On 8/30/05, Eric Hodel <drbrain / segment7.net> wrote:
> On 30 Aug 2005, at 10:52, Joe Van Dyk wrote:
> 
> > When should you define your own exceptions?  Any rules of thumb?
> 
> I define custom exceptions when I need to differentiate them from the
> built-in exceptions.
> 
> > I'm writing an application that runs on a computer and listens for
> > requests to start, kill, and view log files for other applications on
> > that computer.  Say I get a request to start an application on that
> > computer and the requested executable doesn't exist.  Should I throw a
> > custom exception then?  Or, say an application dies unexpectedly.
> > What should I use for an exception then?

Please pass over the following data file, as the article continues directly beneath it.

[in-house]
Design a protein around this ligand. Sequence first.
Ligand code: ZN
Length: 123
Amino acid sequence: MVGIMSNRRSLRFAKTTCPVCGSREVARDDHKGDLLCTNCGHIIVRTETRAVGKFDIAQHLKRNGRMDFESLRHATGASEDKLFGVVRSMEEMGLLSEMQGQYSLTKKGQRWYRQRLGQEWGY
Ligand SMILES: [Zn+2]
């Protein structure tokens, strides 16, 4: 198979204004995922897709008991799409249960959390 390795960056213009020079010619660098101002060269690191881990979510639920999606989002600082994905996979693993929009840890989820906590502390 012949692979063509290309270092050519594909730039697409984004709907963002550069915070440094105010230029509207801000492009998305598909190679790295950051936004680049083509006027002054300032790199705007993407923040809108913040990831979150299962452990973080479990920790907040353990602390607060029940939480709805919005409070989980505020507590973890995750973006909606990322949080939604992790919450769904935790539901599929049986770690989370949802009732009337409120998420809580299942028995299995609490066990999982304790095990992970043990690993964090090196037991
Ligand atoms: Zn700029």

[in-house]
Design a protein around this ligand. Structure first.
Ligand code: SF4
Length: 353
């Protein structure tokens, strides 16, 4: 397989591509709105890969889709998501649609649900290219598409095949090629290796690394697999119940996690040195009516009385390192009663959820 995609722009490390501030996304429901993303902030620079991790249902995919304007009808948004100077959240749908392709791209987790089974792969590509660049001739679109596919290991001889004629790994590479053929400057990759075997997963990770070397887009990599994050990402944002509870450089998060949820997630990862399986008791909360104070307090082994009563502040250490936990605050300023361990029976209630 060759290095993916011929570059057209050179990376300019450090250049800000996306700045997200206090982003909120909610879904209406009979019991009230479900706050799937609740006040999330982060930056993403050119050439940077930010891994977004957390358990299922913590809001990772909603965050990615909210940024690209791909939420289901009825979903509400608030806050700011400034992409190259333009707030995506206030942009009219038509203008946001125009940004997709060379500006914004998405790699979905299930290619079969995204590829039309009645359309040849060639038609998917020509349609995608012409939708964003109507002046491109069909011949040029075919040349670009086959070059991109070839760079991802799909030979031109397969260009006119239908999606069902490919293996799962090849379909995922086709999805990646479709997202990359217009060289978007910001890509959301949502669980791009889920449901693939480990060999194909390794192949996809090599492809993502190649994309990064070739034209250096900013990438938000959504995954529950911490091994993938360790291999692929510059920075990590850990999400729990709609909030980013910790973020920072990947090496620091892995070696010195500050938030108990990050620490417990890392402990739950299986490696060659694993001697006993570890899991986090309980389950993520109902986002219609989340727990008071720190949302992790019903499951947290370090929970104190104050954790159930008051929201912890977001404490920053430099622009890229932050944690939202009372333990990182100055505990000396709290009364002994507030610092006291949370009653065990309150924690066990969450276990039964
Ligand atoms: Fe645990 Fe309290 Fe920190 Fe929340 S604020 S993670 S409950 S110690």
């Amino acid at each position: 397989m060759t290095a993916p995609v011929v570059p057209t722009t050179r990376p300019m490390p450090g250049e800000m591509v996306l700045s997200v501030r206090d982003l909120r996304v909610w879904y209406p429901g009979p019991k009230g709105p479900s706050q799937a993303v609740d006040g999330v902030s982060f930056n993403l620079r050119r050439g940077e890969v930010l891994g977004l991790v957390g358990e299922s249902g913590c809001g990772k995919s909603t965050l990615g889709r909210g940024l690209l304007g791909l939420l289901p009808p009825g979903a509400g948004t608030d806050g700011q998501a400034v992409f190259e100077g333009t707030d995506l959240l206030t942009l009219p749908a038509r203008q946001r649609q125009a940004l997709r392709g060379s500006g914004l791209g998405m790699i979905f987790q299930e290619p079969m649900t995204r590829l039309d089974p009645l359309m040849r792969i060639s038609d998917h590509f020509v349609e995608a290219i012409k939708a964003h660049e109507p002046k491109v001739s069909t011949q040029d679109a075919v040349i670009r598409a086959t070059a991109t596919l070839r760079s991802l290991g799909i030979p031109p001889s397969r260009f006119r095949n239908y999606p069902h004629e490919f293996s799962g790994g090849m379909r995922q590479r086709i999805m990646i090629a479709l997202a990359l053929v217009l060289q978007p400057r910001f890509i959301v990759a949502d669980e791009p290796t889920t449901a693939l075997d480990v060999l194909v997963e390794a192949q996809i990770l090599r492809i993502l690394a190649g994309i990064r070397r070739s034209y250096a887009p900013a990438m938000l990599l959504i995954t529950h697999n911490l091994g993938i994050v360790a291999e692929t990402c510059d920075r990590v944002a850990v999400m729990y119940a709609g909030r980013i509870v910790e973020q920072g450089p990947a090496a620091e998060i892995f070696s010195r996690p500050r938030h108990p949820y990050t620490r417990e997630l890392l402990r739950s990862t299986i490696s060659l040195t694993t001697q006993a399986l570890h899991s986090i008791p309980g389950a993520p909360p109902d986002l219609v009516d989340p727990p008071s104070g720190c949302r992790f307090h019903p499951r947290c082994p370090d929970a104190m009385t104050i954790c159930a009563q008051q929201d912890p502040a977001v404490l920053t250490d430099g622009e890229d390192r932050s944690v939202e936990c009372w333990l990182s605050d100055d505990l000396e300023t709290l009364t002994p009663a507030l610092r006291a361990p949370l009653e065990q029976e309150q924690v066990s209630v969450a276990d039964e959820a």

> 
> Sometimes an exception with a message is enough.  Other times I need
> to know the difference between two RuntimeErrors with different
> messages.
> 
> I create my own exceptions for the second case because rescue
> FooError is easier than reading exception messages.

Should the custom exception be in its own class?  Or in a module?

Say I have the following class

class NodeManager
  def start_application args
  end
end 

There are a few different ways start_application could fail:
  - bad arguments
  - user attempted to start the same application twice (which is an
error for us)
  - not enough resources available

I want to distinguish between those different reasons.  So, would I
want to have something like this:

module JoesExceptions # figure out some name
  class BadArgumentsForApplication < Exception
  end

  class ApplicationStartedTwice < Exception
  end

  class NotEnoughResourcesForApplication < Exception
  end
end

And then, in start_application:

def start_application args
  # if arguments are bad
  raise BadArgumentsForApplication
  # and so on
end